Editor’s note: David Diamond, Ph.D., is a professor of psychology, molecular pharmacology and physiology and the University of South Florida and a frequent consultant on Forgotten Baby Syndrome court cases.
On June 18, Justin Ross Harris had breakfast at Chick-fil-A with his 22-month-old son Cooper. Harris claims he buckled him into his car seat, and in the half-mile drive to work, forgot Cooper was in the car. On that sweltering summer day in Atlanta, Cooper spent the entire day in the car, ultimately dying of heatstroke. At the end of his work day, onlookers noticed Harris’ hysterical cries as he discovered his son’s lifeless body, according to CNN.
This scenario reminds me of my first case in which a child died as a result of being forgotten in a hot car. Seven years ago, Lyn Balfour intended to bring her son to daycare, but instead she drove straight to work, forgetting her son was in the car. Along with the jury in a Charlottesville, Virginia courtroom, I heard a recording of her panic-stricken call to 911. Balfour’s screams expressed her terror, as well as despair, because she knew that any harm that had come to her son was her fault. The jury considered this a tragic act of human error, but was compelled to find her not guilty of manslaughter.
How can loving, attentive parents have such an incomprehensible lapse of memory? To forget a child and leave him or her all day in a hot car seems unfathomable and, to many, unacceptable.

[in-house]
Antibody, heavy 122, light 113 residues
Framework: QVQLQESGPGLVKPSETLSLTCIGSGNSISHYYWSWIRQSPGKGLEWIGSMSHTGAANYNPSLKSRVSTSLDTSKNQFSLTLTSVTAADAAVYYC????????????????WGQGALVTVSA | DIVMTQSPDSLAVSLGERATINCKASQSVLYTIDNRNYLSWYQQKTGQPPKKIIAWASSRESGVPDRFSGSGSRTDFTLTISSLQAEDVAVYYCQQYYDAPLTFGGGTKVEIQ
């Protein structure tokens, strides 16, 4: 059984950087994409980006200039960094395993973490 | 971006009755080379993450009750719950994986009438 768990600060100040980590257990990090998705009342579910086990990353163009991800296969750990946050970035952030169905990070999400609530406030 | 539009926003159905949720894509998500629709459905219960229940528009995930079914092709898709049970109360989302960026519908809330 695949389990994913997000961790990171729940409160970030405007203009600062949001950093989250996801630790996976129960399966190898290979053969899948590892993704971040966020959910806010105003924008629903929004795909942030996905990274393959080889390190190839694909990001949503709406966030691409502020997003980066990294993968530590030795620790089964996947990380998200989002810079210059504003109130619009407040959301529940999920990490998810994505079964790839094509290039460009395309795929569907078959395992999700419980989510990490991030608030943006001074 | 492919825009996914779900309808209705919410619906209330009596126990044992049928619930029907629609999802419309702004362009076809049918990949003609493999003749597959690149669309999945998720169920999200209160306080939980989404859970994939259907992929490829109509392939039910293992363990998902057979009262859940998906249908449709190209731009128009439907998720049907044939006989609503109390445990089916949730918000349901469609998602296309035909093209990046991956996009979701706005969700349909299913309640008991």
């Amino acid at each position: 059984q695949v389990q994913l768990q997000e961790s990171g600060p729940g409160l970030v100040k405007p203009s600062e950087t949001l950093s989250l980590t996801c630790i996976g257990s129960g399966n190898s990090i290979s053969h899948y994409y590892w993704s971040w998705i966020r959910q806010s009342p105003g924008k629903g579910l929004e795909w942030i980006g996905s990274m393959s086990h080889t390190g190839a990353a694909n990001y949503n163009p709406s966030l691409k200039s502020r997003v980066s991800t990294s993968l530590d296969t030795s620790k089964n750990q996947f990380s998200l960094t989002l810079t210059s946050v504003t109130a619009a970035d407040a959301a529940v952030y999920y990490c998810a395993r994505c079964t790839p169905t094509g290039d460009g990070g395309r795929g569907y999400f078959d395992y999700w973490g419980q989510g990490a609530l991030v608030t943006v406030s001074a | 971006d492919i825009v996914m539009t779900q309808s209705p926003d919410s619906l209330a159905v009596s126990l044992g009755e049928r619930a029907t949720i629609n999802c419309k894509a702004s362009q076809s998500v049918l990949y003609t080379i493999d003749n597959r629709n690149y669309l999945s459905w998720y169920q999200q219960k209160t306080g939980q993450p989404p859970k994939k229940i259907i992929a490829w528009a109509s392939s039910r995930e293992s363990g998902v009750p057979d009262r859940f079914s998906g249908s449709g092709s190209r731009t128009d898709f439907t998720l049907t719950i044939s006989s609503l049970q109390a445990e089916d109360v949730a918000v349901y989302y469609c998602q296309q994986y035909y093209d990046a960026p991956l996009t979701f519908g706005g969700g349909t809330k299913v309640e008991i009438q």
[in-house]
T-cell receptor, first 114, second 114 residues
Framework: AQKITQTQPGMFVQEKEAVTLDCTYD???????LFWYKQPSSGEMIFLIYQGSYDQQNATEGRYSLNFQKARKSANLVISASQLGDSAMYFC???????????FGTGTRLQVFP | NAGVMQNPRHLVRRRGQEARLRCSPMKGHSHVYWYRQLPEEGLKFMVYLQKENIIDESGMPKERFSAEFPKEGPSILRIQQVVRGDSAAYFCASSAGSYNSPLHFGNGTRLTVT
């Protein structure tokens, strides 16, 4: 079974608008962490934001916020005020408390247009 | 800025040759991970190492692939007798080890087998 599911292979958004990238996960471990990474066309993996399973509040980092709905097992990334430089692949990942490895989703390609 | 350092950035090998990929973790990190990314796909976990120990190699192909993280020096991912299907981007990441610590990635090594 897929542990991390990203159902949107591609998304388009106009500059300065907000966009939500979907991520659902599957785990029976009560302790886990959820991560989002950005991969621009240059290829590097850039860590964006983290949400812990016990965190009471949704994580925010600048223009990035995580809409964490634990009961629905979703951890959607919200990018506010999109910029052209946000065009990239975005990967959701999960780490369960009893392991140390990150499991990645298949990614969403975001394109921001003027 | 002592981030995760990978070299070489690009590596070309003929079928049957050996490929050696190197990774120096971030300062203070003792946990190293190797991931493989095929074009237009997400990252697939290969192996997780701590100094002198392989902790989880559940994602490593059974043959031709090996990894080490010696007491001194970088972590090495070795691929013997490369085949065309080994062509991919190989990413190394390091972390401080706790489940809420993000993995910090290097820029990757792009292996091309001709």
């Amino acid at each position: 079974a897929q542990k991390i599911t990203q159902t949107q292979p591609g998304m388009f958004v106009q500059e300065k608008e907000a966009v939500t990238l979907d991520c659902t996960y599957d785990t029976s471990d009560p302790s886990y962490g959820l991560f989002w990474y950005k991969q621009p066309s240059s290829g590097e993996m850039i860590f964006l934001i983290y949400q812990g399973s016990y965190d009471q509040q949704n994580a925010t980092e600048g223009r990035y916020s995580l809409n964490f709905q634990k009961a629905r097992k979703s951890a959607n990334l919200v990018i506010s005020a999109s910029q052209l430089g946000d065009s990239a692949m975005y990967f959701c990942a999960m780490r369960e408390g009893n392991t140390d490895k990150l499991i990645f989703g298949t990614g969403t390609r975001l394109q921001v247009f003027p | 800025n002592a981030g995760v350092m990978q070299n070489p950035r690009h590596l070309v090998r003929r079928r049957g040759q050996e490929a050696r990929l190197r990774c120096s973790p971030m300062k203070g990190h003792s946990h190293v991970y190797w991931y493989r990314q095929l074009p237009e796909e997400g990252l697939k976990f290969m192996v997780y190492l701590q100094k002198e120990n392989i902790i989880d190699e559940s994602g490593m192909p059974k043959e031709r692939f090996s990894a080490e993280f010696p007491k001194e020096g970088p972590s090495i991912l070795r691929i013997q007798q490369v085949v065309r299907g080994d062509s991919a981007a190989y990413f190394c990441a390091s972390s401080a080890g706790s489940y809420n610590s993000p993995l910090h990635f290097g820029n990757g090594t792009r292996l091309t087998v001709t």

I have studied this phenomenon, referred to as Forgotten Baby Syndrome or FBS, for the past 10 years. According to data collection from kidsandcars.org, it appears that FBS has occurred hundreds of times in the United States and around the world in the past 20 years.
FBS is a failure of prospective memory, which refers to the planning and execution of an action in the future. Prospective memory is processed by two brain structures: The hippocampus, which stores new information, and the prefrontal cortex, which enables us to plan for the future. It is the hippocampus that processes that a child is in the car, while the prefrontal cortex enables a parent to plan the route, including a change in plans to go to daycare rather than straight to work.
Watch more: How did the child left in car die?
FBS appears to involve a clash between prospective memory and another form of memory, referred to as habit memory. Habit memory is formed subconsciously through repeated activities, such as learning how to ride a bike or, in the case of FBS, repeatedly driving to and from home and work.
Habit-based memories are stored in a region of the brain called the basal ganglia, which enables people to drive to work in “auto-pilot” mode, requiring minimal conscious effort. The prospective and habit brain memory systems compete against each other on a regular basis. For example, a person places a cup of soda on the car roof (prospective memory), removes keys from his pocket and drives off (habit memory), leaving the cup on the roof. In another common example, a person intends to stop at the store on the way home from work but drives right past the store to arrive home without groceries. In each case, the prospective memory system fails to remind the person of a change in routine as the habit-based memory system imposes its will to accomplish well-established tasks.